Apart from child labor, another form of human rights violation that is prevalent in the supply chain of technology industry is the lack of a safer working environment (Bishop, 2012). Notably, most of the suppliers of technology companies in third world countries fail to provide their workers with safety equipment such as gloves and masks, thus exposing them to different hazardous compounds. In reference to the Institute for Human Rights and Business (2011), the ICT sector is challenged in the sense that its manufacturing and production processes in its supply chain have high chances of creating a hazardous working environment for its employees. For example, due to lack of safety equipment, workers could be exposed to minerals that have a negative impact on their health. This is affirmed by Kelly (2016) who observes that workers in cobalt mines in the Democratic Republic of Congo have no safety equipment and are constantly exposed to health hazards from cobalt mineral. Apart from expose to hazardous substances, the Institute for Human Rights and Business (2011) observe that some suppliers in the ICT sector often mistreat their employees through long working hours, harassment and torture both physically and mentally. For example, Apple, Inc. (2016) observe that one of the challenges in its supply chain is embedded in the fact that some of the suppliers have long working schedules that undermine the rights of their employees to rest. Note that long working hours undermines the workers’ ability to concentrate and as such, it increases their chances of getting injured at the workplace. This violation has adverse effects on their rights as human beings and could have a lifetime effect on their lives.
Importantly, one of the critical issues that emerges from the analysis of child labor and lack of safer working environment as human rights violation reveal that most firm in the supply chain focus more on keeping the cost of operations low as a way to enhance their competitiveness and profits on the globe market. Furthermore, it is important to observe that the initial stages of productions and manufacturing of different components of technology products is one of the main stages that has serious violation of human rights. For example, whereas companies such as Apple, Inc. are implementing measures to eradicate human rights abuses in their supply chain, such violations are still persistent at the foundation stages of the supply chain.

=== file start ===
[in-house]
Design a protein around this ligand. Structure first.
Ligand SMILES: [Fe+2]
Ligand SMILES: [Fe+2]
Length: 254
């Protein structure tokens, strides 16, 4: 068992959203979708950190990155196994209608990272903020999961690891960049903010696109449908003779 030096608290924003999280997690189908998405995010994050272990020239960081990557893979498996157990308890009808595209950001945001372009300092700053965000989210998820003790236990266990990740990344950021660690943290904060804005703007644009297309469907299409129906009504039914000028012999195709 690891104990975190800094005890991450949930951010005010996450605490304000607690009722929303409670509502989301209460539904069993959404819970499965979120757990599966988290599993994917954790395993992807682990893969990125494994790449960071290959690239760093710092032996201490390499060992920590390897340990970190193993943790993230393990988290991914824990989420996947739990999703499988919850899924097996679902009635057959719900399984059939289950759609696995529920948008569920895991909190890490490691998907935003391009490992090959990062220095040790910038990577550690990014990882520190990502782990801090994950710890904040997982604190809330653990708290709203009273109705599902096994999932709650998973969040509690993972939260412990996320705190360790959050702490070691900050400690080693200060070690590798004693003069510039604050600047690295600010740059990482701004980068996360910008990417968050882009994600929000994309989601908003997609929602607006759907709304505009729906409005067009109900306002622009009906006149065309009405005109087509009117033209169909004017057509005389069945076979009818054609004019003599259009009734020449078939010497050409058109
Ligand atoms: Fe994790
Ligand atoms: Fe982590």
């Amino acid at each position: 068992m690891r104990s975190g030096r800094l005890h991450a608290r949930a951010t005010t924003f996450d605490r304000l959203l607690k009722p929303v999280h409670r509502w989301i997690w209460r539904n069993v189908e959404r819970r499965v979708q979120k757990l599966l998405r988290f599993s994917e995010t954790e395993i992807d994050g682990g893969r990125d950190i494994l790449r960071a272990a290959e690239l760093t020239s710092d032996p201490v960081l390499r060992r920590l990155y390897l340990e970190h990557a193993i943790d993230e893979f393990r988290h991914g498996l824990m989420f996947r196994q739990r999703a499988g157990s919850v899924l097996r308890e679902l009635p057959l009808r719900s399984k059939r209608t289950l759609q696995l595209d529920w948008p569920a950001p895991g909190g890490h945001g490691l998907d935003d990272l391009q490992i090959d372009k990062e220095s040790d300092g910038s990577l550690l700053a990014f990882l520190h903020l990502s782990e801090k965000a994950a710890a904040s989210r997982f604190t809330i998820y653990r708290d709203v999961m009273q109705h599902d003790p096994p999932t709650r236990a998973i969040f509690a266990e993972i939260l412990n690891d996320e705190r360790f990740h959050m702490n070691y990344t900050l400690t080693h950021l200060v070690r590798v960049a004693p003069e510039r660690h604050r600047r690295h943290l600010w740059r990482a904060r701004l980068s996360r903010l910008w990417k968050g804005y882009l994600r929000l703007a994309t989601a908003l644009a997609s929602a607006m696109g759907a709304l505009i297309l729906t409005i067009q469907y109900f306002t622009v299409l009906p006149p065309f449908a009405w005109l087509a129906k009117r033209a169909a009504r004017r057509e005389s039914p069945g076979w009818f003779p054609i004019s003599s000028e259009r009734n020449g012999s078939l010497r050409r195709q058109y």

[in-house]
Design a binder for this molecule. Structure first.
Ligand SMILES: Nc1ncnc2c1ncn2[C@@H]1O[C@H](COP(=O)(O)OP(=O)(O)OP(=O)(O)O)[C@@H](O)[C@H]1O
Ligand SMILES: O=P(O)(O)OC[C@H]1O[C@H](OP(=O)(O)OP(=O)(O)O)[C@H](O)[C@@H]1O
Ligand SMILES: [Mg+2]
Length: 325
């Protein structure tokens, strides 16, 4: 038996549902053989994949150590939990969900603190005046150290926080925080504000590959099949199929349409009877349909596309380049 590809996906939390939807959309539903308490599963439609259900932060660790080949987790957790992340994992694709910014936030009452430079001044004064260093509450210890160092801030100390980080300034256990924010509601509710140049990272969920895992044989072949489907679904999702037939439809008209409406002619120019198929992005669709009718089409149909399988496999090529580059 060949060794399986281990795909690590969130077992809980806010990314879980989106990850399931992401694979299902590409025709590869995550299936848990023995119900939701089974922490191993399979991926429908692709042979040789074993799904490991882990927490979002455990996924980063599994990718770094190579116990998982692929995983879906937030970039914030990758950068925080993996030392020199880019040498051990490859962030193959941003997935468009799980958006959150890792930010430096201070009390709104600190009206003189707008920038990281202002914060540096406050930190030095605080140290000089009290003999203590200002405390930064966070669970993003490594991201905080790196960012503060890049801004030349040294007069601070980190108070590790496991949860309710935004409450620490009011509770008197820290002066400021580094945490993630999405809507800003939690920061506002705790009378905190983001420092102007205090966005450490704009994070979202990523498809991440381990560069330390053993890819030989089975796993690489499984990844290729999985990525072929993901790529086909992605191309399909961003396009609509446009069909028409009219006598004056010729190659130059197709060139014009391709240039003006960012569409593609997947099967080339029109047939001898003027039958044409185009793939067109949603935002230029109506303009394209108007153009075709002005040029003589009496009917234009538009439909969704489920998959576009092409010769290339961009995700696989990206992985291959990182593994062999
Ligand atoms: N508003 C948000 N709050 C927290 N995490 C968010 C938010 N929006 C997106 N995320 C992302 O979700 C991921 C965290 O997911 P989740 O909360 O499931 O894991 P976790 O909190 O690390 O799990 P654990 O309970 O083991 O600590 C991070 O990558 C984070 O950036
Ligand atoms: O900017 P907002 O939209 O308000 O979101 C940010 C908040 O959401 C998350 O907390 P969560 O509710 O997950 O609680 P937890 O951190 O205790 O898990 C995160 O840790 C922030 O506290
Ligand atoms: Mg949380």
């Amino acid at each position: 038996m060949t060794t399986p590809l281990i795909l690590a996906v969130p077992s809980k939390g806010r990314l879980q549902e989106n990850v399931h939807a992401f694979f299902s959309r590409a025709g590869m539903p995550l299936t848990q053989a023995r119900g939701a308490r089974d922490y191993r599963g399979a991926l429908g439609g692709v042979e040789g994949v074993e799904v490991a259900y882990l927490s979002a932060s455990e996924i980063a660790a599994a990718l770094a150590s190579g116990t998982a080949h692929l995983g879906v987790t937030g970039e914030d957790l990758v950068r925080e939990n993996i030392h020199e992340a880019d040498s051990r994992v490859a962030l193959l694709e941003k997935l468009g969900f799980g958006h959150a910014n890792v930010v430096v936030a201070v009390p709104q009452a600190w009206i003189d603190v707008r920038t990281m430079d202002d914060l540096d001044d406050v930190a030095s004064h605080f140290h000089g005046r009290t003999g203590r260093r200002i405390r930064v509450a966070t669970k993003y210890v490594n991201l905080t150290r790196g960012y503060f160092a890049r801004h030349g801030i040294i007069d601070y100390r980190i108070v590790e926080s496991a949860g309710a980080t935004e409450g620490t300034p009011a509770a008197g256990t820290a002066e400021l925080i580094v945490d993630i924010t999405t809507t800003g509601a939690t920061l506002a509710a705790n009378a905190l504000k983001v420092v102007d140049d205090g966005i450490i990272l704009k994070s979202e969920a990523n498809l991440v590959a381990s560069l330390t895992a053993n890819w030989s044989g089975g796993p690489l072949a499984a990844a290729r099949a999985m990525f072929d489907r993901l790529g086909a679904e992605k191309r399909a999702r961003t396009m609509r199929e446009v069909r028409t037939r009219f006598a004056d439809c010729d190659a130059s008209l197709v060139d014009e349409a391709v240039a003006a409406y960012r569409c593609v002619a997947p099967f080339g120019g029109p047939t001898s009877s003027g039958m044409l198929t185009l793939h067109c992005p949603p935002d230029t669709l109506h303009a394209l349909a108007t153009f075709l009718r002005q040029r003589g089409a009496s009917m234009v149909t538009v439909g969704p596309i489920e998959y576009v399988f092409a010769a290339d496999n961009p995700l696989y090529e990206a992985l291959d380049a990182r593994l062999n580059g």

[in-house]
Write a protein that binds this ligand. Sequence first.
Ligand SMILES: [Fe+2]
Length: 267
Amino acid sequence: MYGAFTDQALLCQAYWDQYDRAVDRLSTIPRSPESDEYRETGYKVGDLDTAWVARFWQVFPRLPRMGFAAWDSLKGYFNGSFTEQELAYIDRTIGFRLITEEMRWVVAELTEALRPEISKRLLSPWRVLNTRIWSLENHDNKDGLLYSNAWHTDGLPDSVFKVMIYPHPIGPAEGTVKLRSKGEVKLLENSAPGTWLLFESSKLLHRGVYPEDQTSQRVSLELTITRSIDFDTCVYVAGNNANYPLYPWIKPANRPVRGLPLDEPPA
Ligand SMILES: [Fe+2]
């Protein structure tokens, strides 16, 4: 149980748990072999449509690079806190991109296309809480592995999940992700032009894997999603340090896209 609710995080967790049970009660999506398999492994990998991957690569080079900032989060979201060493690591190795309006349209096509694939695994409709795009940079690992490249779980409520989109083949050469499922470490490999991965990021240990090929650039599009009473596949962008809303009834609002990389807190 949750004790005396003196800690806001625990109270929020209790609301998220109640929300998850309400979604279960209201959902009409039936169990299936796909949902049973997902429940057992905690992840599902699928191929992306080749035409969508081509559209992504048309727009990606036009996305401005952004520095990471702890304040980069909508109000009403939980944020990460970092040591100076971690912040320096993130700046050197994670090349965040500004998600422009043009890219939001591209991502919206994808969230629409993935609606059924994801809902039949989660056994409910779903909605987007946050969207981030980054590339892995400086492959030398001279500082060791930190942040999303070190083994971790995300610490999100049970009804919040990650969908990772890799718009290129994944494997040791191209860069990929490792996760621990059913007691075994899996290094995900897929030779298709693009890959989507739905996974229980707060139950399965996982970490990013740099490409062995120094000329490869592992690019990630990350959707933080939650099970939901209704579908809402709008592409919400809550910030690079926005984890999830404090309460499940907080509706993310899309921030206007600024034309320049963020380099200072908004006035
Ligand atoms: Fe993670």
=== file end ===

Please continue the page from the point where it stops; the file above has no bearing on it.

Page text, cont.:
In order to address child labor problems, multinational corporations in the technology sector need to implement zero tolerance policies that prohibit child labor by enacting agreements with their suppliers that such violations will be met with consequences such as termination of their contracts. In reference to Nolan (2015), the zero tolerance to child labor in the supply chain of multinational corporations is capable of eradicating child labor since any association of such corporation with child labor often contributes to negative global publicity and as such, undermines their ability to make profits and grow as a business. Apart from this, multinational corporations can force their suppliers who are found abusing the rights of children through child labor to return such children to their homes and cater for their needs such as education, shelter, clothing and food until such children reach the legal working age.
Similarly, with regard to creating a safe working environment for workers in their supply chain, multinational corporations need to formulate and implement policies in their supply chain that define what a safe working environment is, as well as how it can be improved over time. Importantly, rather than just dictating in policies on the importance of a safe working environment, these corporations can work with their suppliers to create such an environment. For instance, these corporations can help supply safety equipment such as aprons, eyewear and gloves. In addition these corporations in collaboration with their suppliers can work on implementing working terms that are favorable to their employees. For instance, Apple, Inc. has formulated policies for its suppliers with regard to the working hours of their employees, whereby workers of their suppliers cannot work for more than 55 hours a week (Apple, Inc., 2016). The enactment of such policies should be coupled with regular impromptu visits to their suppliers’ manufacturing and production plants to ensure that they are being enforced. For example, Salcito et al. (2013) observe that through regular assessment of the working environment of suppliers, multinational corporations can be able to not only ensure no human rights violations exist but also such assessment provide a platform for standardization of the work environment safety standards in their supply chain.